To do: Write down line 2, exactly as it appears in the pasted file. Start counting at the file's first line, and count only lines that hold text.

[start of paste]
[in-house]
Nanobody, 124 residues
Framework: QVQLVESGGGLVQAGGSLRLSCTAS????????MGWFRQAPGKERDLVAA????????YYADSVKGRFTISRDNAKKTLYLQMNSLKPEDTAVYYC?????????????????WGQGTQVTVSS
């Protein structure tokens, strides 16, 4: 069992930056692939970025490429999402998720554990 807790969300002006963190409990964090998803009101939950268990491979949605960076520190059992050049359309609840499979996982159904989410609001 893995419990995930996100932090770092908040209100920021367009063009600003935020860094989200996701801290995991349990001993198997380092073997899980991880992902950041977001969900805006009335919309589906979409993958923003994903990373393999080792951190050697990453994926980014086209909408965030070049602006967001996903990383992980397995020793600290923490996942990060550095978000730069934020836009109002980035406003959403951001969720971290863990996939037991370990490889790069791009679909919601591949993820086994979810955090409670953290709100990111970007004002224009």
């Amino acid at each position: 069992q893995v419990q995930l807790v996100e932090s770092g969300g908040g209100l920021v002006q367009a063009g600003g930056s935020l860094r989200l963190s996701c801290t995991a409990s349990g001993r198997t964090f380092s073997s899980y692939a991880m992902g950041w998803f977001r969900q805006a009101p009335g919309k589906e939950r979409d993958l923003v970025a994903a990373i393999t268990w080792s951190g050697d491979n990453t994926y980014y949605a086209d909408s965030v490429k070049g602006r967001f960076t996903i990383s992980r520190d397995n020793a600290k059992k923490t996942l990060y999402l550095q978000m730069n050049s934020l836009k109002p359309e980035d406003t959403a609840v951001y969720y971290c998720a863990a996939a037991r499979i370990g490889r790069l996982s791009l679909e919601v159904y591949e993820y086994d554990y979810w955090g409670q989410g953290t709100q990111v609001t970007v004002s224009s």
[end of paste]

Nanobody, 124 residues